Ficus hondurensis Standl. & L.O.Williams
Ficus myxifolia Kunth & C.D.Bouché
Ficus paraisoana Lundell
Ficus subrotundifolia Greenm.
Urostigma cotinifolium (Kunth) Miq.
Urostigma guatemalanum Miq.
Urostigma myxaefolium (Kunth & Bouché) Miq.
Large specimen, growing in native habitat
Photograph by: dogtooth77
Ficus cotinifolia is a tree with a broad, spreading crown comprised of a few large branches; it can grow 15 metres tall. The bole often branches from low down, it can be 100cm in diameter[
]. The tree often produces aerial roots from the crown, which develop into new trunks and support the wide-spreading canopy[
]. The roots, as in other species, are often exposed above the ground[
The tree is sometimes harvested from the wild for local use as a food, medicine and source of fibre and latex.
C. America - Costa Rica, Nicaragua, Guatemala to northern Mexico.
Seasonally very dry deciduous and evergreen formations, at elevations up to 900 metres[
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Plants flower throughout the year[
Fig trees have a unique form of fertilization, each species relying on a single, highly specialized species of wasp that is itself totaly dependant upon that fig species in order to breed. The trees produce three types of flower; male, a long-styled female and a short-styled female flower, often called the gall flower. All three types of flower are contained within the structure we usually think of as the fruit.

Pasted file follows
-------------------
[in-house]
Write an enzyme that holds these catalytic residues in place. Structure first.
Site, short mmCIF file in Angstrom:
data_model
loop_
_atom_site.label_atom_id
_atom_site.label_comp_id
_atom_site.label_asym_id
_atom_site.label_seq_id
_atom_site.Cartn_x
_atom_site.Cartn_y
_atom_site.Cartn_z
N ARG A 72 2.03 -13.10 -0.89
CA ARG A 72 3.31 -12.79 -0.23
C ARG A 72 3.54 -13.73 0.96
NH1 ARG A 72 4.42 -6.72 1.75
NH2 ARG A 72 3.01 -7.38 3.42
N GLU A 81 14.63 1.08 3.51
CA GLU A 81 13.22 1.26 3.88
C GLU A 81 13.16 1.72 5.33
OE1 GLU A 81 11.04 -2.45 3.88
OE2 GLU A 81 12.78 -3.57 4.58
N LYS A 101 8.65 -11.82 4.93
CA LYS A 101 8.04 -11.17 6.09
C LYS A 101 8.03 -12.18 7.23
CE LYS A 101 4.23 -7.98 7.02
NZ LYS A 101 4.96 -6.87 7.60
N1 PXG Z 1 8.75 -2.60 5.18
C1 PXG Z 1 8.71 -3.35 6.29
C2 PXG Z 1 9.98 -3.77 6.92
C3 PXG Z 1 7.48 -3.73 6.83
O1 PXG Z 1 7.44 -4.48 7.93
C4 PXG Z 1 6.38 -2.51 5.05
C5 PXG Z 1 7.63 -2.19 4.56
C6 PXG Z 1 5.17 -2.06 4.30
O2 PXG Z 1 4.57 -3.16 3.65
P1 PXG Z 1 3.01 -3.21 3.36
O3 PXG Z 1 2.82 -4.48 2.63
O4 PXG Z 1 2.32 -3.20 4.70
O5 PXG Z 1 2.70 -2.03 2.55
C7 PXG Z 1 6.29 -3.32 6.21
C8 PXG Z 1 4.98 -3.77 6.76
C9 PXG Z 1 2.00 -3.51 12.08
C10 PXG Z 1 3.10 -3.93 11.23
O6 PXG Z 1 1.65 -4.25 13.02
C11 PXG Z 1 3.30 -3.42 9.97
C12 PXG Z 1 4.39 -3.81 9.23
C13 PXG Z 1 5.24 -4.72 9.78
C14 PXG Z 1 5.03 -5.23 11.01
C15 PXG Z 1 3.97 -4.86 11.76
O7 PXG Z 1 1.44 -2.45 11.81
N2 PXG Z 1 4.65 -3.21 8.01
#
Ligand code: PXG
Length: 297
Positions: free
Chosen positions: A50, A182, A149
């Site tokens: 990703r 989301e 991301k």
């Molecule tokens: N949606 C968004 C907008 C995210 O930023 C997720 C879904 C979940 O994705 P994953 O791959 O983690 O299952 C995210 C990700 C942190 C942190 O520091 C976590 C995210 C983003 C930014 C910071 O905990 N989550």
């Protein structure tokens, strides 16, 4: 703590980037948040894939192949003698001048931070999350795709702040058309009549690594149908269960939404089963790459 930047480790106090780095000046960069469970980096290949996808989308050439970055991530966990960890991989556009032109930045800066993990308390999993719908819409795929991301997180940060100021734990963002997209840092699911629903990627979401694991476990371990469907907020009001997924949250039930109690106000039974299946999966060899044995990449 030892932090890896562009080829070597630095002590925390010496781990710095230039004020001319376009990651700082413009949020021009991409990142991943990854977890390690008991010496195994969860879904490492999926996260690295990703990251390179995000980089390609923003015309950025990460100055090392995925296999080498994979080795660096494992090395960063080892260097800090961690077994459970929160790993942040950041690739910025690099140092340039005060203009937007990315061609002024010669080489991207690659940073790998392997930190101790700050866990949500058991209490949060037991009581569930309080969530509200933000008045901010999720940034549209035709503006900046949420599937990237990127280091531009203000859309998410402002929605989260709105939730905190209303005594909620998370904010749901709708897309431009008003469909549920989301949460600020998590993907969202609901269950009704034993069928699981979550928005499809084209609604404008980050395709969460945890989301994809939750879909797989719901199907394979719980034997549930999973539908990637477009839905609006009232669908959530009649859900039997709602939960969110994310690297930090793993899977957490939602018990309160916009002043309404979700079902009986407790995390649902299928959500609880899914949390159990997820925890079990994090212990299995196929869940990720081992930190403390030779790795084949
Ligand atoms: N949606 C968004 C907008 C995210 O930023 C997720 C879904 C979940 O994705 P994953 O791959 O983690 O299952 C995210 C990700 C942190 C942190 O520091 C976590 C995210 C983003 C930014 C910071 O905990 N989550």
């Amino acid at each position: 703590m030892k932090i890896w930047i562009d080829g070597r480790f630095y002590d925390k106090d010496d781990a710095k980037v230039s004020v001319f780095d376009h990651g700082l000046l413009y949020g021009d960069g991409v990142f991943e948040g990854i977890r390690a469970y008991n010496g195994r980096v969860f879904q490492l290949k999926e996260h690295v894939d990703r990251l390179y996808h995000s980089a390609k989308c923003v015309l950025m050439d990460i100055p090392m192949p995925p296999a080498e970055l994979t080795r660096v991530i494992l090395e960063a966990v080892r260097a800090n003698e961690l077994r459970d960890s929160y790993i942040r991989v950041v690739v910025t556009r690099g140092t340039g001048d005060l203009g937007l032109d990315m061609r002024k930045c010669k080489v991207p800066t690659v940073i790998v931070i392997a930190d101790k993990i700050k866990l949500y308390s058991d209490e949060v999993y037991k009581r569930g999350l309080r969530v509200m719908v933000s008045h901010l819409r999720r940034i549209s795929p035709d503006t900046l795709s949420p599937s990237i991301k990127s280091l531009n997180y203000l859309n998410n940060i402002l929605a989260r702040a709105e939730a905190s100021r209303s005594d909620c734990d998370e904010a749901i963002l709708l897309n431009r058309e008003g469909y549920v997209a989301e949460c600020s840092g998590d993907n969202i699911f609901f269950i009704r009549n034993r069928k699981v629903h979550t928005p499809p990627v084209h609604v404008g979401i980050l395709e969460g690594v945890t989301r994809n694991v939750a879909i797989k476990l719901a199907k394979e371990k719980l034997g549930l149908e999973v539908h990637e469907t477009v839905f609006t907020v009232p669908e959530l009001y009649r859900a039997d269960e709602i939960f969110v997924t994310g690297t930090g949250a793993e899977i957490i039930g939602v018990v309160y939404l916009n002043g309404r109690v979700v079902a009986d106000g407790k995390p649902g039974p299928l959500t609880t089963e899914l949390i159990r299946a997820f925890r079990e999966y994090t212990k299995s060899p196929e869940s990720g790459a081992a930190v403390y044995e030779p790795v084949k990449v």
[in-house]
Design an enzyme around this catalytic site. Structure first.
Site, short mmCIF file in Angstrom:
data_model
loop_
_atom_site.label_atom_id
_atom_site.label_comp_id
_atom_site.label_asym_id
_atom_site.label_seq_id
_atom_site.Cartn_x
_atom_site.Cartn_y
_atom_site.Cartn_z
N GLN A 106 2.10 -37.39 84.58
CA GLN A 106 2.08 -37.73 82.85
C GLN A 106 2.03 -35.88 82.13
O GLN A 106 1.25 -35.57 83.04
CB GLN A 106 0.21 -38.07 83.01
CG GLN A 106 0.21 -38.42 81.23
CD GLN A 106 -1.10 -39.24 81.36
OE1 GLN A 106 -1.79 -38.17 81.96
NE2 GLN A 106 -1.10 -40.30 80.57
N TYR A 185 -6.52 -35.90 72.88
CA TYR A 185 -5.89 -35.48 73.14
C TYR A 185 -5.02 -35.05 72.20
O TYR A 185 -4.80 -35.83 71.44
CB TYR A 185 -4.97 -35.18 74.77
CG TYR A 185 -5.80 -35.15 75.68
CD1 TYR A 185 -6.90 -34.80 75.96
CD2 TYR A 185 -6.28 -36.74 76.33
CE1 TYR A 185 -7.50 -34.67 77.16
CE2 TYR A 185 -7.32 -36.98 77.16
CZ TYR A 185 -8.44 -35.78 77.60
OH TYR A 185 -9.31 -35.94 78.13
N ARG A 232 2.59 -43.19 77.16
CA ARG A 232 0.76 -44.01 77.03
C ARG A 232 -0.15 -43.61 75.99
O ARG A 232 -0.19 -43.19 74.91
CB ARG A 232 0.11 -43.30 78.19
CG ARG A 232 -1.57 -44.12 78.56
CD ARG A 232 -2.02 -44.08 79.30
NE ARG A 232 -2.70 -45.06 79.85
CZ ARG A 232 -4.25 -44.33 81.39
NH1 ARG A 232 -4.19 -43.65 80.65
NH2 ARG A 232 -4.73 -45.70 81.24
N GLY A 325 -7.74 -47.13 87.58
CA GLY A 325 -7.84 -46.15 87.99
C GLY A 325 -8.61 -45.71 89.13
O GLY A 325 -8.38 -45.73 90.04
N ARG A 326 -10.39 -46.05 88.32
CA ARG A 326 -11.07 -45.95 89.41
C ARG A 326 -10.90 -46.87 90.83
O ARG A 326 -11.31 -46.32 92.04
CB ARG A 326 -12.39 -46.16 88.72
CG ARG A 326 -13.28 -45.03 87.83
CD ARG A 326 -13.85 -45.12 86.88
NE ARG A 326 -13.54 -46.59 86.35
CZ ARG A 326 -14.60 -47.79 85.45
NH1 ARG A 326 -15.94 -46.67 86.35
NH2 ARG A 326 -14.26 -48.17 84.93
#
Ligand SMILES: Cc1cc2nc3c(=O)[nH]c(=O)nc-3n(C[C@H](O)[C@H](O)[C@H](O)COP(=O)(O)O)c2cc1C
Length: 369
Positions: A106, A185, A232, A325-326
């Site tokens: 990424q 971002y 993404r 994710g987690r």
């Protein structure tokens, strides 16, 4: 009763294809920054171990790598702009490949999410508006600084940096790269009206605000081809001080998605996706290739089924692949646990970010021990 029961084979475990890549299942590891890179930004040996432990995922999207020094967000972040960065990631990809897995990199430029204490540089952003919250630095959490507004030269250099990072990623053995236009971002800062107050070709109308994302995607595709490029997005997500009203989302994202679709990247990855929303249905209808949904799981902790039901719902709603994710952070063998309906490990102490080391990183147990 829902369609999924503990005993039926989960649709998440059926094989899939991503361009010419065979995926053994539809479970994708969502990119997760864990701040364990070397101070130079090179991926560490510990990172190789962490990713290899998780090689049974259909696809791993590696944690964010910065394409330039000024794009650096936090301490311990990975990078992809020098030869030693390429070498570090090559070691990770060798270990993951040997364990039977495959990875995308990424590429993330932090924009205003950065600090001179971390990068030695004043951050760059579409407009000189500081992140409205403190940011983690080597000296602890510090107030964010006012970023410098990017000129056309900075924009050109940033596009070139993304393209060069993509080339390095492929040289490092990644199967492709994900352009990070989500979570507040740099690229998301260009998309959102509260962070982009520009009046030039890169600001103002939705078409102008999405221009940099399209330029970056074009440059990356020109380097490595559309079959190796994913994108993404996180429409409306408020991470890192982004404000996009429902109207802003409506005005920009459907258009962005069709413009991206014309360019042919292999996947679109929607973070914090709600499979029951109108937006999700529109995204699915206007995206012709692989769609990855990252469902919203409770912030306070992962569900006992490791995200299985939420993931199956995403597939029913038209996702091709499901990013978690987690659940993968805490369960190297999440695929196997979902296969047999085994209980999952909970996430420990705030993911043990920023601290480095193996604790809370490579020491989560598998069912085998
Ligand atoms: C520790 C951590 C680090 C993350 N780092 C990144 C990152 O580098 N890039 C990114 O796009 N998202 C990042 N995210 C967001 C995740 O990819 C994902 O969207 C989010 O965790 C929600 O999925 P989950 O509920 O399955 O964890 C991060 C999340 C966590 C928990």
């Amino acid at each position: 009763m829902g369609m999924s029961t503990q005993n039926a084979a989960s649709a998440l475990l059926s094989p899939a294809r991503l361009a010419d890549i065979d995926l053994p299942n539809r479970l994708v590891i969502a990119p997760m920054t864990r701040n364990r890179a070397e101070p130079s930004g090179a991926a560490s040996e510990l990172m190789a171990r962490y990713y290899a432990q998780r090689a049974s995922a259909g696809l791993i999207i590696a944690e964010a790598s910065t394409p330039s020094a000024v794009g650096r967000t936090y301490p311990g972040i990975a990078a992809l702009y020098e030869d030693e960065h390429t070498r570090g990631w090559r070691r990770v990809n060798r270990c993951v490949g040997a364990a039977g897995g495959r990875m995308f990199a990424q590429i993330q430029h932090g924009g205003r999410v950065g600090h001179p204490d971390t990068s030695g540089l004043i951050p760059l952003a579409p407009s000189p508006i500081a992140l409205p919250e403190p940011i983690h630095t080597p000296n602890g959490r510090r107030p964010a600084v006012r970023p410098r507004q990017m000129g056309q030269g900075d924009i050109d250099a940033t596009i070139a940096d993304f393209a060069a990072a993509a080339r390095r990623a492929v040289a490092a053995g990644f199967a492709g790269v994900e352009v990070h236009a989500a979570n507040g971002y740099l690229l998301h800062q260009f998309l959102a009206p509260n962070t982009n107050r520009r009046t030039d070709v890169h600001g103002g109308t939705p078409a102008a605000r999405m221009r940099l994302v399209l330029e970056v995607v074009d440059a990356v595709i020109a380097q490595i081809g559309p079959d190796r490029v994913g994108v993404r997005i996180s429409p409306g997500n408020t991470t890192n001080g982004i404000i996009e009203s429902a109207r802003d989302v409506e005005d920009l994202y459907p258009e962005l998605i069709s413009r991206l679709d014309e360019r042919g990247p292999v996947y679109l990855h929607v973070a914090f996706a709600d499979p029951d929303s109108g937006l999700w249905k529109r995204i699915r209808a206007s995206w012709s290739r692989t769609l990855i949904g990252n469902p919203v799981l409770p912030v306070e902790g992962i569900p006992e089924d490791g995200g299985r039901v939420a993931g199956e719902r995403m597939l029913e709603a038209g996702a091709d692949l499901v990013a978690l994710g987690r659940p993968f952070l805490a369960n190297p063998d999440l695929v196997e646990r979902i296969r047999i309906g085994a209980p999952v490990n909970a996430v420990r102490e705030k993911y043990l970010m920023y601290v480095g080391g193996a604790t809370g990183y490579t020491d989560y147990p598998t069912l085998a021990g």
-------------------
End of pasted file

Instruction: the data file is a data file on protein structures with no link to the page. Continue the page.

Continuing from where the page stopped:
The female fig wasp enters a fig and lays its eggs on the short styled female flowers while pollinating the long styled female flowers. Wingless male fig wasps emerge first, inseminate the emerging females and then bore exit tunnels out of the fig for the winged females. Females emerge, collect pollen from the male flowers and fly off in search of figs whose female flowers are receptive. In order to support a population of its pollinator, individuals of a Ficus spp. must flower asynchronously. A population must exceed a critical minimum size to ensure that at any time of the year at least some plants have overlap of emmission and reception of fig wasps. Without this temporal overlap the short-lived pollinator wasps will go locally extinct[
Fruit - raw[
]. A sweetish flavour[
The latex, mixed with the powdered bark, is applied to wounds and bruises[
This species is one of the first trees to appear on dirt-covered stone ruins in Yucatan, and its spreading roots, after taking hold in the ground, soon cover the entire mounds[
]. This should make the plant an excellent pioneer species for restoring woodland in open areas[
The latex contains rubber[
]. It is used as an adulterant of chicle[
The fibrous bark can be used as a paper[
The wood is white throughout[
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